Coronavirus Postpones Trials in US, Germany
Due to the spread of the coronavirus, a Hawaiian judge postponed on Monday the sentencing of a former high-ranking Honolulu prosecutor and her husband, a retired police chief in Hawaii's biggest corruption investigation, the Associated Press (AP) reported.
Katherine and Louis Kealoha, according to the report, were scheduled for sentencing hearings on Tuesday after a jury convicted them in June last year. They were found guilty of conspiracy in a plot to frame a relative to keep him from revealing fraud that financed their lavish lifestyle.
The new date, according to Honolulu daily Star-Advertiser, is yet to be determined.
The sentencing, which was scheduled for Wednesday, was also postponed for two police officers involved in the case.
“The Court has been carefully following the spread of the COVID-19 virus. In the interest of the safety and health of the public and of court employees, the sentencing has been postponed,” the court said as cited by the media.
The Kealohas reportedly pleaded guilty to charges of financial crimes, bank fraud and identity theft involving an alleged mailbox theft.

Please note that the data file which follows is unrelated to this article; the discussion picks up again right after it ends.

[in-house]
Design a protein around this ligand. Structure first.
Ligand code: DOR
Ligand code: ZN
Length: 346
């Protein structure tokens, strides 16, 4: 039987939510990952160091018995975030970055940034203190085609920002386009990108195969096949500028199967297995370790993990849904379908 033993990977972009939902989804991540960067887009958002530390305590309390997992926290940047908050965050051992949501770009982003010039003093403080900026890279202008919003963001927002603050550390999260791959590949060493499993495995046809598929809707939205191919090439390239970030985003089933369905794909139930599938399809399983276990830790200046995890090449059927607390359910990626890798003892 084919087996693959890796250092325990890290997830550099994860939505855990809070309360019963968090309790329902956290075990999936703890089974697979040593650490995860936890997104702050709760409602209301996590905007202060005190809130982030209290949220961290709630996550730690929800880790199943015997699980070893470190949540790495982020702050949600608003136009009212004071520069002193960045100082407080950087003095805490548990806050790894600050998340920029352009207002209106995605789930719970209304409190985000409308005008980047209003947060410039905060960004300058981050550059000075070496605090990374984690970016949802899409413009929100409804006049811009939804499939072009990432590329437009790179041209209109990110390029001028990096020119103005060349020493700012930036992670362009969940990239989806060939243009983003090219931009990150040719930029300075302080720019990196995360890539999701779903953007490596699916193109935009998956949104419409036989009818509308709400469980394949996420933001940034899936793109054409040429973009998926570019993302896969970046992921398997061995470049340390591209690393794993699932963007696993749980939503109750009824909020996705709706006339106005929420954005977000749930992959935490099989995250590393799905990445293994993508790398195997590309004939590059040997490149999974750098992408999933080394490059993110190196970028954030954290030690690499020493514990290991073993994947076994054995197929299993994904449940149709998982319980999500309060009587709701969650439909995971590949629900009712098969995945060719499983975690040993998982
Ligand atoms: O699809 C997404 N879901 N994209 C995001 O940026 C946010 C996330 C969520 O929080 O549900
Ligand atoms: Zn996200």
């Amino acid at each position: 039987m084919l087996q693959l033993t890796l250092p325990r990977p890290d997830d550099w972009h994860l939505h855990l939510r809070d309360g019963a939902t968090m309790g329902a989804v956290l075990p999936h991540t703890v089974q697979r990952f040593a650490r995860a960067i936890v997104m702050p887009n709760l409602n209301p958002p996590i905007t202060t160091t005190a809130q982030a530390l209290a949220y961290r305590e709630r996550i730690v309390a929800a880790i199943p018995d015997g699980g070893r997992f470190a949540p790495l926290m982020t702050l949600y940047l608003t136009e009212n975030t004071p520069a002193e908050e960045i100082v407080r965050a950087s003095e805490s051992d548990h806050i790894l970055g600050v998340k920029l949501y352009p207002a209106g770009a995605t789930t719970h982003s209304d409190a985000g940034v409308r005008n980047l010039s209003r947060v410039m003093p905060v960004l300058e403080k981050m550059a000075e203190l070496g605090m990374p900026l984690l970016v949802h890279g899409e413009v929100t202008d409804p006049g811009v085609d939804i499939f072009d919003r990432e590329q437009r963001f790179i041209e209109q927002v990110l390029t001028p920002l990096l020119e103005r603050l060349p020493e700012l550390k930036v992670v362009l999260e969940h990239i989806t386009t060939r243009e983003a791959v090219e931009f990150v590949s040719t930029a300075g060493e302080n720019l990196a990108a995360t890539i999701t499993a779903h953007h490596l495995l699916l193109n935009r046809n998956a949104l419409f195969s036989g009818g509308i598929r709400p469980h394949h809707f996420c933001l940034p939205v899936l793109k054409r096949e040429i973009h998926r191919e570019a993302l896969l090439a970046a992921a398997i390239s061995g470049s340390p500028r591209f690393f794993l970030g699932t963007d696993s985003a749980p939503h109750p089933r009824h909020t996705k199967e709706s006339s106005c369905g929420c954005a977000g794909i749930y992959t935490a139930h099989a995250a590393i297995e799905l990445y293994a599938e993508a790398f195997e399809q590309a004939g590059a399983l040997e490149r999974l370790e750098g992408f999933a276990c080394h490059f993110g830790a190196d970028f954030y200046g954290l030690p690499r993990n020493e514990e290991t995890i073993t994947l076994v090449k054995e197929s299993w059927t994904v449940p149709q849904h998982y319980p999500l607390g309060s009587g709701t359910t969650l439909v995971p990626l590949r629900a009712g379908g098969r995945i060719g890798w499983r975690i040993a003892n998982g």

Katherine Kealoha, according to the report, was also found guilty of not reporting her brother’s alleged involvement in a drug distribution ring.
Trying to avoid a similar scenario, a regional court in Bonn, Germany, decided to speed up a landmark trial over tax fraud from illicit cum-ex dividend deals involving several banks and stock traders, the court said in a statement.
The court, according to Law360 news outlet, is excluding four of five financial companies that could forfeit around US$446 million in the event of a guilty verdict against the two defendants. The case involves two former employees of HypoVereinsbank.
The five institutions involved are the Warburg Group, BNY Mellon, Société Générale, Hansainvest and Warburg Invest, but only the Warburg Group will not be tried.
“The gathering of evidence in regards to the other parties would take up a lot of time, which given the current health situation wouldn’t be feasible,” the court’s spokesman Tobias Gülich told Law360.
Coronavirus prompted courts in California to delay trials or temporarily close, according to the court's statement.
The Supreme Court of California has reportedly suspended in-person oral arguments, while lawyers have been advised to appear remotely or use video-links, telephones and other electronic devices if needed.
In the same manner, a judge in Los Angeles postponed the murder trial of multimillionaire New York real estate heir Robert Durst until April 6. Durst, as the Courthouse News Service reported, was charged with killing Susan Berman in December 2000 in her Beverly Hills-area cottage.